Since the most complex section of any freighter conversion is the cargo door and surrounding structure, I would assume that any Qantas 77L would have to be delivered with the unique large cargo door at the rear of the main deck installed, but deactivated. Presumably, the deactivated cargo door would have a window belt with windows in 5 out of the 7 frames of the door structure.

All this will lead to a heavier frame and higher fuel costs than a regular 77L.
 
RJMAZ
Posts: 1712
Joined: Sat Jul 09, 2016 2:54 am

Re: Qantas plans 3 Project Sunrise research flights in Q4 2019 using 787-9's, final decision on PS by end of 2019

Sun Nov 24, 2019 12:20 am

ikolkyo wrote:
SQ A359 ULR holds 161 passengers, that is nowhere near the capacity that QF wants. It wouldn’t be able to do it at QF specs. The aircraft is basically an A359 with reduced capacity currently.

Thr A350-900ULR could easily do the project sunrise route with 200 passengers. It can do 20t of payload to 9250nm. Qantas has 236 passengers on their normal 787-9. Qantas will be a running lower density on the project sunrise route I would estimate 10-15% less density.

That would mean the following:
787-8 160 seats
787-9 200 seats
777-200LR 220 seats
A350-900 230 seats
A350-1000 260 seats
777-8 260 seats

The SQ flight does the new york to singapore route very easily and lands with a large reserve fuel load because the diversion airports are quite far apart. Winds are also hard to predict that far north.
 
User avatar
ikolkyo
Posts: 2736
Joined: Tue Nov 05, 2013 8:43 pm

Re: Qantas plans 3 Project Sunrise research flights in Q4 2019 using 787-9's, final decision on PS by end of 2019

Sun Nov 24, 2019 12:27 am

RJMAZ wrote:
ikolkyo wrote:
SQ A359 ULR holds 161 passengers, that is nowhere near the capacity that QF wants. It wouldn’t be able to do it at QF specs. The aircraft is basically an A359 with reduced capacity currently.

Thr A350-900ULR could easily do the project sunrise route with 200 passengers. It can do 20t of payload to 9250nm. Qantas has 236 passengers on their normal 787-9. Qantas will be a running lower density on the project sunrise route I would estimate 10-15% less density.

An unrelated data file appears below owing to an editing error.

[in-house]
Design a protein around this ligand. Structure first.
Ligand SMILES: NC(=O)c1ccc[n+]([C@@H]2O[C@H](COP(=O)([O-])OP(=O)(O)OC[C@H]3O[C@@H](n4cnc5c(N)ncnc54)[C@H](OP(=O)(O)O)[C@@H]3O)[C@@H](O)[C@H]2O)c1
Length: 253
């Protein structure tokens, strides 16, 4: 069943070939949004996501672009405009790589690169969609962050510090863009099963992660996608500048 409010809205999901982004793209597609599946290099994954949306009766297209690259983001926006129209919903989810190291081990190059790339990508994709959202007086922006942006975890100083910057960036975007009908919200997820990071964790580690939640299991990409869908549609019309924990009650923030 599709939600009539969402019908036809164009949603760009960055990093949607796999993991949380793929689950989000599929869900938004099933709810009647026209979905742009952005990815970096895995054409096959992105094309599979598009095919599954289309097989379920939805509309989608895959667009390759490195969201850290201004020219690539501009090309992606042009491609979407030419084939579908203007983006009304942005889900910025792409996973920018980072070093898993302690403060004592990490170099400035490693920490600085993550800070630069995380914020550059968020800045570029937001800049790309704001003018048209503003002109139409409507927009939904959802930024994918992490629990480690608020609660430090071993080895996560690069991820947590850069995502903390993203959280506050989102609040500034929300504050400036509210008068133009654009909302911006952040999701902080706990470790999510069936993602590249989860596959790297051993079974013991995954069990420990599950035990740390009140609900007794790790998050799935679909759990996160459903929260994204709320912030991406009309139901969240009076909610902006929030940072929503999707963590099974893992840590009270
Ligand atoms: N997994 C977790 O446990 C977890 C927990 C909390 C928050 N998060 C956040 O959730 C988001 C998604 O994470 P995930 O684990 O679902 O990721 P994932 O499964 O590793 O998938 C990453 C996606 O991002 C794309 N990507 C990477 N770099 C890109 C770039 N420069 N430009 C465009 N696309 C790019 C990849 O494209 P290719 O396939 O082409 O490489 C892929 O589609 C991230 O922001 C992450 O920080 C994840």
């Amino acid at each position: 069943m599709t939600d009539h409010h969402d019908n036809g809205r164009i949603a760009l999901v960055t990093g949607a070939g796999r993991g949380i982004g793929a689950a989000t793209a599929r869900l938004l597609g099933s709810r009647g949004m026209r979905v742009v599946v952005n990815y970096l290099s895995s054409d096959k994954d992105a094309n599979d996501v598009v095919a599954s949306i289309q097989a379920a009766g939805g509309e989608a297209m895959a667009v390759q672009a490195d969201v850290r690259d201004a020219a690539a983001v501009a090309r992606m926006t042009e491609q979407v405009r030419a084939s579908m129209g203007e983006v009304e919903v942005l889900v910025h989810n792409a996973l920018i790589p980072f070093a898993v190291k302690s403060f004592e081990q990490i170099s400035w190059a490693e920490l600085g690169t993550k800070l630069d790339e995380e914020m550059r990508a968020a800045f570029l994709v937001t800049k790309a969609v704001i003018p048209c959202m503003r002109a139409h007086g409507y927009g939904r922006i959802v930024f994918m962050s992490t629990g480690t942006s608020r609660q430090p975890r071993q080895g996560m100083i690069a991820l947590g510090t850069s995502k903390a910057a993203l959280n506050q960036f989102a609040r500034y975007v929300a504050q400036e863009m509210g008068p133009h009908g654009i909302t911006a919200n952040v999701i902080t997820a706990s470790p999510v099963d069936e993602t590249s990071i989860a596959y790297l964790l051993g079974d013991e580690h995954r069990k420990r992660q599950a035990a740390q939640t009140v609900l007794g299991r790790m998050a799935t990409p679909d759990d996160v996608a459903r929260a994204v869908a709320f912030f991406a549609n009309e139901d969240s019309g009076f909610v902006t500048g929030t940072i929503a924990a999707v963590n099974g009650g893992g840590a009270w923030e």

That would mean the following:
787-8 160 seats
787-9 200 seats
777-200LR 220 seats
A350-900 230 seats
A350-1000 260 seats
777-8 260 seats

The SQ flight does the new york to singapore route very easily and lands with a large reserve fuel load because the diversion airports are quite far apart. Winds are also hard to predict that far north.


QF originally wanted 300 seats as a target, I highly doubt they are going to drop it down to 200 seats. There is a reason the aircraft isn’t an option currently.
 
dtw2hyd
Posts: 7317
Joined: Wed Jan 09, 2013 12:11 pm

Re: Qantas plans 3 Project Sunrise research flights in Q4 2019 using 787-9's, final decision on PS by end of 2019

Sun Nov 24, 2019 12:33 am

Etihad's five?? 77L are stored. Boeing can save time by refitting these frames as a stop-gap solution. Scrap after QF gets permanent PS frames. No P2F needed.

Port 789 enhancements to 788 and build a 788ULR.
 
RJMAZ
Posts: 1712
Joined: Sat Jul 09, 2016 2:54 am

Re: Qantas plans 3 Project Sunrise research flights in Q4 2019 using 787-9's, final decision on PS by end of 2019

Sun Nov 24, 2019 2:20 am

ikolkyo wrote:
QF originally wanted 300 seats as a target, I highly doubt they are going to drop it down to 200 seats. There is a reason the aircraft isn’t an option currently.

Of course they would drop it down to 200 seats. They have already dropped the passenger number to accomodate a smaller aircraft. They would clearly do it again.

The original 300 seat number was only mentioned as that is the max number a 777-8 would carry in Qantas density. The 777-8 was the only aircraft capable of flying 9000+nm with a normal cabin. The passenger number was revised downwards to accomodate the A350-1000 that gained enough range to do the job.

If Boeing launched a 787-8ER tomorrow Qantas would again revise the number down to below 200 seats and start bragging about the small aircraft being private jet like. Likewise if the A350-900ULR got another MTOW up to say 285t then it would become more suitable than the 1000.
 
User avatar
ikolkyo
Posts: 2736
Joined: Tue Nov 05, 2013 8:43 pm

Re: Qantas plans 3 Project Sunrise research flights in Q4 2019 using 787-9's, final decision on PS by end of 2019

Sun Nov 24, 2019 2:44 am

RJMAZ wrote:
ikolkyo wrote:
QF originally wanted 300 seats as a target, I highly doubt they are going to drop it down to 200 seats. There is a reason the aircraft isn’t an option currently.

Of course they would drop it down to 200 seats. They have already dropped the passenger number to accomodate a smaller aircraft. They would clearly do it again.

The original 300 seat number was only mentioned as that is the max number a 777-8 would carry in Qantas density. The 777-8 was the only aircraft capable of flying 9000+nm with a normal cabin. The passenger number was revised downwards to accomodate the A350-1000 that gained enough range to do the job.